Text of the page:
ST. PAUL, Minn. (2/23/16)--One in four Americans are having difficulty paying for medications. Last year, total U.S. spending on prescription drugs by individuals, insurers, and governments jumped 13%--the largest increase since 2001. Certain demographics are feeling the crunch more than others (NextAvenue Feb. 1)
NEW YORK (2/2/16)--Becoming a landlord can be a profitable move, according to the online real estate site Trulia, but, it’s not a passive investment--it’s a small business. Take on the commitment only after you’ve given it careful consideration and research (CBS MoneyWatch Jan. 25).
Gas prices are tumbling, and inflation is almost sitting still. You probably hope it's going to be a great year for your wallet. It will be, if you pay attention and make adjustments to your spending habits.
The self-improvement impulse kicks into overdrive at the threshold of each new year. Susan Tiffany, writing in CUNA's Home & Family Finance Resource Center, recommends sticking to the basics when making financial resolutions.
Along with all the good will, holidays create opportunities for greedy fraudsters to take advantage of how busy and preoccupied consumers can become. The AARP Bulletin (Nov. 26) highlights several scams to look out for.
The thought of working past retirement is financially appealing to boomers who inadequately prepared for the big event. You hope you'll earn extra income, increase your Social Security income, and save money by extending health insurance benefits. But, if you're thinking about working after you retire, watch out for these financial pitfalls.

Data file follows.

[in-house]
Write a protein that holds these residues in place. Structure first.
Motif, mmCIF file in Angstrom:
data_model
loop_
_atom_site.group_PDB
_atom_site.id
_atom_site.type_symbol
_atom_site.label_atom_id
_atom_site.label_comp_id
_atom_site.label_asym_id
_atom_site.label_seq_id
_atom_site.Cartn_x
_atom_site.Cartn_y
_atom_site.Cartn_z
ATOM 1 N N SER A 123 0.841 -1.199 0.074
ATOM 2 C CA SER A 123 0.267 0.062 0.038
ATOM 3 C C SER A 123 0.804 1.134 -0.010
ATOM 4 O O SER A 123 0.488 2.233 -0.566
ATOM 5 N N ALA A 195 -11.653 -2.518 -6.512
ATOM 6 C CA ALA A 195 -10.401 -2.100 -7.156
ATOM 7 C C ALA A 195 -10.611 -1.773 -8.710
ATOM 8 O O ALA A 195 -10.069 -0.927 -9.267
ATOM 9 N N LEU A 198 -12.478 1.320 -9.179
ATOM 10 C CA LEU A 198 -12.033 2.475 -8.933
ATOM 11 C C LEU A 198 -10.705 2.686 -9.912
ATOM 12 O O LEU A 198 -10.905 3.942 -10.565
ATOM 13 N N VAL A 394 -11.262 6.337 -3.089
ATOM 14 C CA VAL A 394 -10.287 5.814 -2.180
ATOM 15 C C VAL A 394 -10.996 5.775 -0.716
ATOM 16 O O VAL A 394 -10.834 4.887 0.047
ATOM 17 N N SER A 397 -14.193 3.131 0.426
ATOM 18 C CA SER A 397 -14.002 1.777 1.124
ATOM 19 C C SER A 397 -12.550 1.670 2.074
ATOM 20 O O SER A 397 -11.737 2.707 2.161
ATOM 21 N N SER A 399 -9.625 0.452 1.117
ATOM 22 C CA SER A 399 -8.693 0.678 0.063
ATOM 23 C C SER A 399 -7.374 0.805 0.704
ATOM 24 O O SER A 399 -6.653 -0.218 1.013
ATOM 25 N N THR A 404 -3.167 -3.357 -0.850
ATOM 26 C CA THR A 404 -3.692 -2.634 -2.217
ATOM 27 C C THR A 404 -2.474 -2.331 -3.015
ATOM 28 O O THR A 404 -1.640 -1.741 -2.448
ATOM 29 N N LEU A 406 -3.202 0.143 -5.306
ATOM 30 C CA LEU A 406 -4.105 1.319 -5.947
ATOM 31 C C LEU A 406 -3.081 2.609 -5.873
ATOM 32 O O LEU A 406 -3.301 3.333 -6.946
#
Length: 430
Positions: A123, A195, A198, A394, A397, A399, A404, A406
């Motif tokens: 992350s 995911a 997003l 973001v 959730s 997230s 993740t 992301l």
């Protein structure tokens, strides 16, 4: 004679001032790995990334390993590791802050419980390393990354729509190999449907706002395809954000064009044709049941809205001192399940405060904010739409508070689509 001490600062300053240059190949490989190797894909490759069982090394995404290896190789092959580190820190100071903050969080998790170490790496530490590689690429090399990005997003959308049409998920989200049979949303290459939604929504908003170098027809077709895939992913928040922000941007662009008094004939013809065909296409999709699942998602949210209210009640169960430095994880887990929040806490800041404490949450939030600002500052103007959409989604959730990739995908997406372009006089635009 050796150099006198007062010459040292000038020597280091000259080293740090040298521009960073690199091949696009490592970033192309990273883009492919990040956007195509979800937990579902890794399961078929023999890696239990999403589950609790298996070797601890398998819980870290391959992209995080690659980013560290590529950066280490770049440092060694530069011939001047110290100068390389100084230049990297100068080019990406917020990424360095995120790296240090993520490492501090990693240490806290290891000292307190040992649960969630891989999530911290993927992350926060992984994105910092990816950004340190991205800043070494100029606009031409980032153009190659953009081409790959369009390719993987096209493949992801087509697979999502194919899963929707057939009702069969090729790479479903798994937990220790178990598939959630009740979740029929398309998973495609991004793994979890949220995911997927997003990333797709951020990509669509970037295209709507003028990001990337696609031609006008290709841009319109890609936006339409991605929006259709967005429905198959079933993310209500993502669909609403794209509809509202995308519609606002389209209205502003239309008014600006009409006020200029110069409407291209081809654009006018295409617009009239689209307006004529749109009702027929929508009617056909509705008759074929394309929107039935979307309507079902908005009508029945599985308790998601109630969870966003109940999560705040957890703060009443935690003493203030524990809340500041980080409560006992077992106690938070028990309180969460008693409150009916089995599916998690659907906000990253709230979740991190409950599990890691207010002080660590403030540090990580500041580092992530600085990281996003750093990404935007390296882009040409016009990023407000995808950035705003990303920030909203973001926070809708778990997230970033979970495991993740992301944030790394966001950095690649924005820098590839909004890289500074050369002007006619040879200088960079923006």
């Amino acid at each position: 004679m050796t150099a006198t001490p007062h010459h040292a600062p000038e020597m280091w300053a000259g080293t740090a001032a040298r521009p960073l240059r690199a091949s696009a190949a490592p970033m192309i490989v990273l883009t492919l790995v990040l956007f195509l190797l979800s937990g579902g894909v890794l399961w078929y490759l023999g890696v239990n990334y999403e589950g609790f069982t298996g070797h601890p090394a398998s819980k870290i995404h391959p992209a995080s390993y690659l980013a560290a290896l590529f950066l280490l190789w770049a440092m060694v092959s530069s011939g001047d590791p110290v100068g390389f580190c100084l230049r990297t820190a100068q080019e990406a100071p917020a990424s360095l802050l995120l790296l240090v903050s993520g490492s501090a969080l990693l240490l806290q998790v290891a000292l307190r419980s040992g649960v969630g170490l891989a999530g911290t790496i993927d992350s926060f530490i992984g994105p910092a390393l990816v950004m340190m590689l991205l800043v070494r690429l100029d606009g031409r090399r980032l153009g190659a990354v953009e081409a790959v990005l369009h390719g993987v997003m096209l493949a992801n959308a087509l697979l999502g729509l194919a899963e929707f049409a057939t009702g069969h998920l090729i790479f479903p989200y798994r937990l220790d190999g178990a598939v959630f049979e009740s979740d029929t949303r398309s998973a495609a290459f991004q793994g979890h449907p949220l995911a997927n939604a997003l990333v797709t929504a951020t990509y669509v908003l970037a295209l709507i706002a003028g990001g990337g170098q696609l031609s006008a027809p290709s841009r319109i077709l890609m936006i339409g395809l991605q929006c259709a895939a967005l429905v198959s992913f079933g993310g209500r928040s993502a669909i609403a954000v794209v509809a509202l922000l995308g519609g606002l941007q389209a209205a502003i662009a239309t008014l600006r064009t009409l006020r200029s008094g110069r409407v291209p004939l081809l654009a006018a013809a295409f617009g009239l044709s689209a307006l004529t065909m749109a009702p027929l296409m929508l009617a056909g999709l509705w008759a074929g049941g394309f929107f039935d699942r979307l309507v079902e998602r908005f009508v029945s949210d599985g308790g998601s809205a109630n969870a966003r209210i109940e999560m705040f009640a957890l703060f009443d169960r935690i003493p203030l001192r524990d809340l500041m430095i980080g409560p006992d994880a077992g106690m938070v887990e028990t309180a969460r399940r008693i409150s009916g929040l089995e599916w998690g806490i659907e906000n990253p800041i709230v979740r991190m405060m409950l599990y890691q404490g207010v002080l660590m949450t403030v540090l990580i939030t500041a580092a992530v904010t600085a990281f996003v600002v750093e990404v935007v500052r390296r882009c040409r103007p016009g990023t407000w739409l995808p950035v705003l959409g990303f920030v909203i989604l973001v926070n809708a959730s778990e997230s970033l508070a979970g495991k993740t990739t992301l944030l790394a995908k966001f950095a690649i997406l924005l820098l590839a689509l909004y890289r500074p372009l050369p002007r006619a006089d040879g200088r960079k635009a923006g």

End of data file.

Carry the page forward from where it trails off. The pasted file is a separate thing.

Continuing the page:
If you really want to give a meaningful holiday gift this year, think beyond traditional items such as clothing and gift cards. A recent survey conducted for Charles Schwab shows that more than half (53%) of those surveyed say cash to help pay off credit card bills would be their top choice as an unexpected holiday gift.
Next year you can put an extra $50 in your health care flexible spending account bringing the total to $2,550. Meanwhile the contribution limit for dependent care remains fixed at $5,000 where it's been stuck since 1986 when Congress originally set it.
When heading into retirement, many people make the decision to downsize, relocate to a different community, or renovate an existing home. The thought of moving or making major home improvements often carries a lot of emotional attachment that can make these processes overwhelming.
CUNA’s compliance staff was recently asked about a garnishment order for a member’s that receives federal benefits. The credit union determined the member did not have enough and the member asked the order be paid in full using those funds.